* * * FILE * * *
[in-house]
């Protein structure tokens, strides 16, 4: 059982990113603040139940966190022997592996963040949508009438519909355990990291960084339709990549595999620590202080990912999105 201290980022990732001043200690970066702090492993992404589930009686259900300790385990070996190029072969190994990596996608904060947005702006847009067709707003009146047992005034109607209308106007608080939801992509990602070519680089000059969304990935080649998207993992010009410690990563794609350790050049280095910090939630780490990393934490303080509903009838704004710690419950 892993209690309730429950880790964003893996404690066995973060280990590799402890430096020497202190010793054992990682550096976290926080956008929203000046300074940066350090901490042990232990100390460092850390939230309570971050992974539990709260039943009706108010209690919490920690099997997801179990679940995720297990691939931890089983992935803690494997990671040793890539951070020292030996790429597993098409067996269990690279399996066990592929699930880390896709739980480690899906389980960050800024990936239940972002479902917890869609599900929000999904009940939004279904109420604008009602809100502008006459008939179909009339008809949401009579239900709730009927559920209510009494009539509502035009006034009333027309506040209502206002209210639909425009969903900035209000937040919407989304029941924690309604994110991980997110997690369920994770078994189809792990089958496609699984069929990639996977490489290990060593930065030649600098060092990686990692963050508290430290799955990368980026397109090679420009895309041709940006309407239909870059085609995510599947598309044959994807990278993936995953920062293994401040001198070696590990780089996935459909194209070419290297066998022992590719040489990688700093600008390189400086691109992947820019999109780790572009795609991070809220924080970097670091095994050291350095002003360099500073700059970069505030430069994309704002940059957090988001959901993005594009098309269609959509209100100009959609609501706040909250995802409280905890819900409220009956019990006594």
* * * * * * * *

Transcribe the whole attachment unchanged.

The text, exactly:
[in-house]
């Protein structure tokens, strides 16, 4: 059982990113603040139940966190022997592996963040949508009438519909355990990291960084339709990549595999620590202080990912999105 201290980022990732001043200690970066702090492993992404589930009686259900300790385990070996190029072969190994990596996608904060947005702006847009067709707003009146047992005034109607209308106007608080939801992509990602070519680089000059969304990935080649998207993992010009410690990563794609350790050049280095910090939630780490990393934490303080509903009838704004710690419950 892993209690309730429950880790964003893996404690066995973060280990590799402890430096020497202190010793054992990682550096976290926080956008929203000046300074940066350090901490042990232990100390460092850390939230309570971050992974539990709260039943009706108010209690919490920690099997997801179990679940995720297990691939931890089983992935803690494997990671040793890539951070020292030996790429597993098409067996269990690279399996066990592929699930880390896709739980480690899906389980960050800024990936239940972002479902917890869609599900929000999904009940939004279904109420604008009602809100502008006459008939179909009339008809949401009579239900709730009927559920209510009494009539509502035009006034009333027309506040209502206002209210639909425009969903900035209000937040919407989304029941924690309604994110991980997110997690369920994770078994189809792990089958496609699984069929990639996977490489290990060593930065030649600098060092990686990692963050508290430290799955990368980026397109090679420009895309041709940006309407239909870059085609995510599947598309044959994807990278993936995953920062293994401040001198070696590990780089996935459909194209070419290297066998022992590719040489990688700093600008390189400086691109992947820019999109780790572009795609991070809220924080970097670091095994050291350095002003360099500073700059970069505030430069994309704002940059957090988001959901993005594009098309269609959509209100100009959609609501706040909250995802409280905890819900409220009956019990006594």